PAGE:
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Does Your Child Feel 'Invisible'?

"Oprah's Lifeclass" asks kids to share what they're parents are doing right, and what they're doing wrong

When your kids are little, it's only natural to spend almost every waking minute by their side, catering to their every need, kissing all their boo-boos, wondering just what's going on inside that little head of theirs. But as the years tick by, and you suddenly turn around to find your precious little toddler has now become a full-fledged teen, it's easy to lose sight of the fact that while they no longer need you to be constantly by their side, they probably need you to simply be present more than you'd think.

Never before has this point been more driven home, than on a recent episode of "Oprah's Lifeclass," in which clinical psychologist Dr. Shefali Tsabary sat down with a group of kids ranging in age from 11 to 17. She was there to chat about their parents—what they were doing right, and what they could do better. But some of the feelings shared were far more heart-wrenching than any of the parents could have expected.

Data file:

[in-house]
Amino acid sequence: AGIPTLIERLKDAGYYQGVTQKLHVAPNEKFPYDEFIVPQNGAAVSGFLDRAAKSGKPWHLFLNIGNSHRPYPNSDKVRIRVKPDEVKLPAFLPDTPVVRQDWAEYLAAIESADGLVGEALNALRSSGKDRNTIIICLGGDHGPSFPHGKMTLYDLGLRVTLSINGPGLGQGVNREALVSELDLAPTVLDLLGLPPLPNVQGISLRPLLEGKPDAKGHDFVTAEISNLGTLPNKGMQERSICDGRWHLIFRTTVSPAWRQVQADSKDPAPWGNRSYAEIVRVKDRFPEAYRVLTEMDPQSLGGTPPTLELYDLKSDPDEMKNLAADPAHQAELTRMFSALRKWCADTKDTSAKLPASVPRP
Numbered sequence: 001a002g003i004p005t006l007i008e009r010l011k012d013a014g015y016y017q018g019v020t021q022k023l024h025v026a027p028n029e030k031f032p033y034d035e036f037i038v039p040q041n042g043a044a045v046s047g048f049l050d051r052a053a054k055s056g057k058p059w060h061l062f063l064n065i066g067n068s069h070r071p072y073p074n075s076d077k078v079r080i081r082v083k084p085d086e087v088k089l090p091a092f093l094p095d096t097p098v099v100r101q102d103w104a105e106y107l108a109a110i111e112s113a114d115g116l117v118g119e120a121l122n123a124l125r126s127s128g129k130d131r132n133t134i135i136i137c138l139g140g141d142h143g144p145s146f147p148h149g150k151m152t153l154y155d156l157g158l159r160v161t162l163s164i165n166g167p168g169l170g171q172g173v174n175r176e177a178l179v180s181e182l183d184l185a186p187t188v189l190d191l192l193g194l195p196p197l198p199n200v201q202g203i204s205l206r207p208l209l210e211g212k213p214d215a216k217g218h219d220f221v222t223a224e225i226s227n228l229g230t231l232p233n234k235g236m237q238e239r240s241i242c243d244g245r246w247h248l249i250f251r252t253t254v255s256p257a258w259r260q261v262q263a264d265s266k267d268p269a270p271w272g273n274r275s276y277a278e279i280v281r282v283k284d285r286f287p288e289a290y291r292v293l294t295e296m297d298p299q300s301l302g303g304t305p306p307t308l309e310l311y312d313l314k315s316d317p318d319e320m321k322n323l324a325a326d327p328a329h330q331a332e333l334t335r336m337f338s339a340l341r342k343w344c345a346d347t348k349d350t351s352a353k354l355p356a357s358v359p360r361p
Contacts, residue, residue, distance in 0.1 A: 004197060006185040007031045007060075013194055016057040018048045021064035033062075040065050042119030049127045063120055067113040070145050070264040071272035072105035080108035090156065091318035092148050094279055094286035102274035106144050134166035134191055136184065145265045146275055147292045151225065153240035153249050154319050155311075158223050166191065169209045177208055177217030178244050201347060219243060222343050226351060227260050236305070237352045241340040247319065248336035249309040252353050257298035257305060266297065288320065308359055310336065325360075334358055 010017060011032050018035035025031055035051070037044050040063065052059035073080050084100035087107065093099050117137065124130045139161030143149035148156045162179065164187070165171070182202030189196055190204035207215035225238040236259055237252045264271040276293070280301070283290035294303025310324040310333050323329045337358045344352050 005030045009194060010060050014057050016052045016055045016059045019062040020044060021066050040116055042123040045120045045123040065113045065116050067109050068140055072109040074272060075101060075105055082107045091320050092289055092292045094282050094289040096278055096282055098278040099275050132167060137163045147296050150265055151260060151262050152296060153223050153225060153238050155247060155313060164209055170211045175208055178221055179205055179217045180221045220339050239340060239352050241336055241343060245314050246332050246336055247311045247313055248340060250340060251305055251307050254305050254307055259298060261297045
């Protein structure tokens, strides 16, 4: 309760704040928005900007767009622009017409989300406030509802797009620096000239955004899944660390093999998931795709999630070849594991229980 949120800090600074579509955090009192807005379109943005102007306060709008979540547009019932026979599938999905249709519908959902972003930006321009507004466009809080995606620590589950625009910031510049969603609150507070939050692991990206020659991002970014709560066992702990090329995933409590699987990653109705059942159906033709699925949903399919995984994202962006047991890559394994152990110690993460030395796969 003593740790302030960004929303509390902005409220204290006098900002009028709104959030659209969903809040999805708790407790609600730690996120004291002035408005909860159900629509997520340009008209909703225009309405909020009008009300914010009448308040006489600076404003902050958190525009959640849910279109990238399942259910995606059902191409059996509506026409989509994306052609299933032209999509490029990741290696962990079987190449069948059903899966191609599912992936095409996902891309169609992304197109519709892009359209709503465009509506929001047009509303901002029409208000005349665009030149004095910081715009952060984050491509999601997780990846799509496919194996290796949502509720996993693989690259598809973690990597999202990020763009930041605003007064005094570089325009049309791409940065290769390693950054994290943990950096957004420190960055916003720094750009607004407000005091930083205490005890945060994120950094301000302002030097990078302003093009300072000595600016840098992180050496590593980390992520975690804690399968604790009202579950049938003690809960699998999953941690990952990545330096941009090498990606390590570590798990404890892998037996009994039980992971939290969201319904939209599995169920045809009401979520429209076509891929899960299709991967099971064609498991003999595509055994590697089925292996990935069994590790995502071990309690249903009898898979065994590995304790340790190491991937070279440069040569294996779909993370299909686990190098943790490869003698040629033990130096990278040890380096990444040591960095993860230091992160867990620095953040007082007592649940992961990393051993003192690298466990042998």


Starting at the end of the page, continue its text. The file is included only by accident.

Take the words of 11-year-old Sam, who opened up to Dr. Tsabary about how he feels misunderstood by both his parents.

"It makes me feel like I'm just no one," Sam told Dr. Tsabary. "I'm just like a ghost, not even in the real world. Just not even alive."

Later in the episode, Oprah replays the segment in front of a studio audience—which includes Sam's mom, Kim. As she hears her son's words being replayed, Kim can't help but be moved to tears. "That's my heart," she says. "I didn't know he felt like that."

Kim's outpouring of emotion, explains Dr. Tsabary, is only natural.

"When our children express such deep feeling, it's really upsetting for us parents because of your deep feeling," says Dr. Tsabary, trying to reassure her. "The ability that he has to even access that deep feeling and express it is a testament to his raising, is a testament to you."

In less than three minutes, Dr. Tsabary manages to get at the heart of why it is our children sometimes feel "invisible," and how we can connect with them better every day.

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